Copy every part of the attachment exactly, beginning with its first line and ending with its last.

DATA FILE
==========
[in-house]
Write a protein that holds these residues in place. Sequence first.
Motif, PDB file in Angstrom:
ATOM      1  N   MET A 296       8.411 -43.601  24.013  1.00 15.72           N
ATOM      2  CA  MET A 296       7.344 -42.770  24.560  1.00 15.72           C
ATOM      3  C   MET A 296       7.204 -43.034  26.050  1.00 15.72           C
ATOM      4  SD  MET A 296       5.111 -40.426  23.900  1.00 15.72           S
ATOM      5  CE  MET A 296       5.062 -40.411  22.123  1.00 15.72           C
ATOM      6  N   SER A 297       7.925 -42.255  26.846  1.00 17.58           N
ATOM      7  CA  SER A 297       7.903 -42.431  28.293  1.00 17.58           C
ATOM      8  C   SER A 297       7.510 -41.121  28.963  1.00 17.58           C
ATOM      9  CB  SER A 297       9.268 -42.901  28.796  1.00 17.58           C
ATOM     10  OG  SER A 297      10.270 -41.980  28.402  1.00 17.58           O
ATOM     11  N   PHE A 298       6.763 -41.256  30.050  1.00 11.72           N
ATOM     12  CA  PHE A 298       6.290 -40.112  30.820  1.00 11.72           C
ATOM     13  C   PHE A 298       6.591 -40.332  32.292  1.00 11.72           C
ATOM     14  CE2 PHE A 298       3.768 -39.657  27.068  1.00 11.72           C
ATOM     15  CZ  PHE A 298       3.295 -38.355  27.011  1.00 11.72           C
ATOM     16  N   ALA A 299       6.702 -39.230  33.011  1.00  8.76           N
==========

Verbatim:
[in-house]
Write a protein that holds these residues in place. Sequence first.
Motif, PDB file in Angstrom:
ATOM      1  N   MET A 296       8.411 -43.601  24.013  1.00 15.72           N
ATOM      2  CA  MET A 296       7.344 -42.770  24.560  1.00 15.72           C
ATOM      3  C   MET A 296       7.204 -43.034  26.050  1.00 15.72           C
ATOM      4  SD  MET A 296       5.111 -40.426  23.900  1.00 15.72           S
ATOM      5  CE  MET A 296       5.062 -40.411  22.123  1.00 15.72           C
ATOM      6  N   SER A 297       7.925 -42.255  26.846  1.00 17.58           N
ATOM      7  CA  SER A 297       7.903 -42.431  28.293  1.00 17.58           C
ATOM      8  C   SER A 297       7.510 -41.121  28.963  1.00 17.58           C
ATOM      9  CB  SER A 297       9.268 -42.901  28.796  1.00 17.58           C
ATOM     10  OG  SER A 297      10.270 -41.980  28.402  1.00 17.58           O
ATOM     11  N   PHE A 298       6.763 -41.256  30.050  1.00 11.72           N
ATOM     12  CA  PHE A 298       6.290 -40.112  30.820  1.00 11.72           C
ATOM     13  C   PHE A 298       6.591 -40.332  32.292  1.00 11.72           C
ATOM     14  CE2 PHE A 298       3.768 -39.657  27.068  1.00 11.72           C
ATOM     15  CZ  PHE A 298       3.295 -38.355  27.011  1.00 11.72           C
ATOM     16  N   ALA A 299       6.702 -39.230  33.011  1.00  8.76           N